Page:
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Understanding Cultural Differences – What Role Do They Play In Healthcare

Ramon Jimenez, chairperson of the diversity advisory board of the American Academy of Orthopaedic Surgeons could not have said it better, “Cultural competency will have to be on everybody’s radar screen for generations to come. When the day comes that the melting pot is truly a melting pot, then we won’t need this, but that day isn’t here yet.” Patients differ in many ways. Some of these differences are due to patient illness, personality, socioeconomic class, or education, but the most profound differences may be cultural. Many health professionals think that if they just treat each patient with respect, they will avert most cultural problems. That is not always the case. Some knowledge of cultural customs can help avoid misunderstandings and enable practitioners to provide better care.

Cultural generalizations will not fit every patient whom physicians see, but knowledge of broad patterns of behavior and belief can give physicians and other health professionals a starting point from which to provide a variety of ethnic and cultural different patients with the most appropriate care. Cultural Sensitivity & Competence for health care professionals is achieved through formal coursework, informal interaction, networking, and experience.

A few examples of why understanding differences is important :

A person of Chinese ethnicity was hospitalized and put in room number 4. In Chinese (and Japanese), the character for the number 4 is pronounced the same way as the character for the word “death.” Just as many American patients might not be comfortable in room 13—a number that is considered bad luck—many Chinese and Japanese patients would prefer not to be in a room called “death.” Even the most sensitive health care provider could not be expected to know the significance of the number 4 without some knowledge of these cultures or their languages.

Culture by *AagaardDS on deviantART

Lack of eye contact in American culture may indicate many things, most of which are negative. A physician may interpret a patient’s refusal to make eye contact as a lack of interest, embarrassment, or even depression. However, a Chinese patient may be showing the physician respect by avoiding eye contact. If the patient is female and from a Muslim country, and her physician is male, she may be trying to avoid sexual impropriety by not making eye contact. A Navajo patient may be trying to avoid soul theft or loss. Knowing the meaning of eye contact, or lack thereof, may help avoid misinterpreting a patient’s behavior.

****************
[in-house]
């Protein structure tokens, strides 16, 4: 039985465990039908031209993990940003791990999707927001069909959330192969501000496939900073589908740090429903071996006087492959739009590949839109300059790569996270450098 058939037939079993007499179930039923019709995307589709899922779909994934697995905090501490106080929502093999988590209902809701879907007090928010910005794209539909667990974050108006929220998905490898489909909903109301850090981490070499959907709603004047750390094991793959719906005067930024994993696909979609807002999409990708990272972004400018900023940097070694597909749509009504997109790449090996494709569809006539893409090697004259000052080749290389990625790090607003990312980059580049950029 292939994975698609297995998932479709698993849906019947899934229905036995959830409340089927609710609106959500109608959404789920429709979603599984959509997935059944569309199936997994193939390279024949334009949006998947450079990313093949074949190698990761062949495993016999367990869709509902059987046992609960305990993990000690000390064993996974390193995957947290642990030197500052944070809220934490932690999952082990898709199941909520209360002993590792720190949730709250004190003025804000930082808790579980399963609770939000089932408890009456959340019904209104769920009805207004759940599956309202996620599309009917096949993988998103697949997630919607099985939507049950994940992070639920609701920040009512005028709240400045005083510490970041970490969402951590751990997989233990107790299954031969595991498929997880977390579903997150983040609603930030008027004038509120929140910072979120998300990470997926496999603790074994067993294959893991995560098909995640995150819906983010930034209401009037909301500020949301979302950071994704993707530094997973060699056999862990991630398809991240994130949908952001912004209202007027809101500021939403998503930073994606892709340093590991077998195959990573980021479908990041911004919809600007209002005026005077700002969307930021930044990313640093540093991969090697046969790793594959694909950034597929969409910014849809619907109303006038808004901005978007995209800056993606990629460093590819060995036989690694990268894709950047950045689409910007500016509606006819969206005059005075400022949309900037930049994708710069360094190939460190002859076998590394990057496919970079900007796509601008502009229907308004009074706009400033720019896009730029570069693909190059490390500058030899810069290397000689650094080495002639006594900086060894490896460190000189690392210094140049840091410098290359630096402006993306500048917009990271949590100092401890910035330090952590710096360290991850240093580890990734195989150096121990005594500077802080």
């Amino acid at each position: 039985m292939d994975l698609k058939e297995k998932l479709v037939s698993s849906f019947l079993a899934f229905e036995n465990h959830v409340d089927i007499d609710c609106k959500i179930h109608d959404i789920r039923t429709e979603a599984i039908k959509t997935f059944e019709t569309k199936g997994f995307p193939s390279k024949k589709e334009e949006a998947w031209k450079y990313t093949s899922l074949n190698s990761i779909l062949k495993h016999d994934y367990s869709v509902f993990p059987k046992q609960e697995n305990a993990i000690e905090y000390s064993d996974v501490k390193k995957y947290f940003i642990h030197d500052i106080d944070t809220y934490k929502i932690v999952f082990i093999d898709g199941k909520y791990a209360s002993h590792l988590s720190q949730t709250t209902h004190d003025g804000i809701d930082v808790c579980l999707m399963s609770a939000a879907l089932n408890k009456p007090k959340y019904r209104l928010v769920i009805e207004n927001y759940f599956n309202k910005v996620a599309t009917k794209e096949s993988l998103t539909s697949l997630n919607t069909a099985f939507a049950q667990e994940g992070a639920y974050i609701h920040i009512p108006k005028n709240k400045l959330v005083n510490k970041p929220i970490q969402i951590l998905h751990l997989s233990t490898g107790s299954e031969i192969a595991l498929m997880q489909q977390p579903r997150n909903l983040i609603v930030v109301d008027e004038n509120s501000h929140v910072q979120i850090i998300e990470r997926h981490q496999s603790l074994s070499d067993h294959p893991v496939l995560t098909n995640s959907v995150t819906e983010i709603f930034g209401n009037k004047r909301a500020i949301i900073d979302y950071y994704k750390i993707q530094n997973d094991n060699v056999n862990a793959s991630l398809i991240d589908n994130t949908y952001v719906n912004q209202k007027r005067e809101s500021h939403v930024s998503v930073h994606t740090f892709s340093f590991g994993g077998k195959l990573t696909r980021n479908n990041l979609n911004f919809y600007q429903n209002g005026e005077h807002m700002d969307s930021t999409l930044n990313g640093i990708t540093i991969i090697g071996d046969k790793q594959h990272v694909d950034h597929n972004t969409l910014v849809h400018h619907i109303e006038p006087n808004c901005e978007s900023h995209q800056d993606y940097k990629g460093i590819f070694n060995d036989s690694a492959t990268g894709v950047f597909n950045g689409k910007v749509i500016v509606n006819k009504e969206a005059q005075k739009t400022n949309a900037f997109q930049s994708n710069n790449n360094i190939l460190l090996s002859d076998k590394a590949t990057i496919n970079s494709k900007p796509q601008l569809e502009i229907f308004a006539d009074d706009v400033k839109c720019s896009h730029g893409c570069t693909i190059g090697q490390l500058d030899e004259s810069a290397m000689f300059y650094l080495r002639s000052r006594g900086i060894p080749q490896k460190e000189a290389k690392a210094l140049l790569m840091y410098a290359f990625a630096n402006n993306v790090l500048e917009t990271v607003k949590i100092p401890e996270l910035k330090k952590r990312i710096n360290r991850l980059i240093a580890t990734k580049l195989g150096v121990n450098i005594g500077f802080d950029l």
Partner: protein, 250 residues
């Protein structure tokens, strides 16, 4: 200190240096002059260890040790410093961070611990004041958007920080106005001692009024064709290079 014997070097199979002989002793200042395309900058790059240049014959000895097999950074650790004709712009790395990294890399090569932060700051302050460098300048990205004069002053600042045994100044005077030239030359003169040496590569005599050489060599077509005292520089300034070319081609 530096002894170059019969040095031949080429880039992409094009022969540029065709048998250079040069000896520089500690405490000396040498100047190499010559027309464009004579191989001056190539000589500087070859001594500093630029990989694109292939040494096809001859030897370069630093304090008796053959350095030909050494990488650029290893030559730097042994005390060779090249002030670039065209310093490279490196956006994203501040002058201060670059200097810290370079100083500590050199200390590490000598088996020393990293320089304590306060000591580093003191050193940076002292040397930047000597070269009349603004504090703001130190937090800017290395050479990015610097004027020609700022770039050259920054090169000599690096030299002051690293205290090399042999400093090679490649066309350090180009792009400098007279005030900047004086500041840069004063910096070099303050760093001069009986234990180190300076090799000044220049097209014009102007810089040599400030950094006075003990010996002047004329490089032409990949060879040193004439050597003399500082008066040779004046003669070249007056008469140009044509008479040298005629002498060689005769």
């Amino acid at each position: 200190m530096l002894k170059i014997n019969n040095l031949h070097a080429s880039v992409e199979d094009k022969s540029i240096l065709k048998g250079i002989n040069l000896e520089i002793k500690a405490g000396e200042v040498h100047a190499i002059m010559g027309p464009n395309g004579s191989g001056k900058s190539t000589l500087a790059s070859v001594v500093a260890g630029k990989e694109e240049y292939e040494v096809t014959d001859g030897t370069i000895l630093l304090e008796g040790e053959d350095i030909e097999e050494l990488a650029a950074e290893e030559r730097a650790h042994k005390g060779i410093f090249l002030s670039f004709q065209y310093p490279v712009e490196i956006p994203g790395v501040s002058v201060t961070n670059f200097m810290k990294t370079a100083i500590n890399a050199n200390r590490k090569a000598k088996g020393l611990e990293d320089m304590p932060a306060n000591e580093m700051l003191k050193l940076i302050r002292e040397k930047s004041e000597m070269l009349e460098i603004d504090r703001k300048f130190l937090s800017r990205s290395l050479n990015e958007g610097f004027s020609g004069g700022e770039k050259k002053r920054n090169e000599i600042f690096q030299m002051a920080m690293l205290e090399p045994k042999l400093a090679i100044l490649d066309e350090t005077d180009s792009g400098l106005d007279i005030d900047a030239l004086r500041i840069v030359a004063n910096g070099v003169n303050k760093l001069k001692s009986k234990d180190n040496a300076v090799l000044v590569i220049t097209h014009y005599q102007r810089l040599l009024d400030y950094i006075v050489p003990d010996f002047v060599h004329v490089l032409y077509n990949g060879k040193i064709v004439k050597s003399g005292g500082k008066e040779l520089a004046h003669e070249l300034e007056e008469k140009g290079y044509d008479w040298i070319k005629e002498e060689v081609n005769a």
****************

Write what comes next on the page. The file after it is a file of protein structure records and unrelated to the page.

Nurses are generally taught the importance of touch. Yet, if they are caring for a patient of the opposite sex and that patient is an Orthodox Jew, for example, it is important to know that, for that religion, contact outside of hands-on care is prohibited. A custom in many cultures, including Mexican, Filipino, Chinese, and Iranian, is for a patient’s family to be the first to hear about a poor prognosis, after which the family decides whether and how much to tell the patient. Members of such cultural groups may believe that it would be insensitive for a patient to be told bad news and that it could affect their prognosis for recovery.

Some groups share the belief that only God knows when someone will die naturally, so (according to the Hmong, for example) the only way a physician could know when someone will die is if that physician planned to kill the patient. Not all members of a group share these beliefs, so physicians should not automatically assume that every patient who is a member of one of these groups would want to be shielded from information. Nevertheless, a physician who is aware of such cultural differences could arrange to discuss with the patient, in advance, just who should be given information regarding the patient’s condition.

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About The Author: Gloria Ha’o Schneider is an expert in senior citizen and baby boomer issues. Her topics revolve around Senior Living and Healthcare to provide the latest information to this demographic as well as their families and loved ones.

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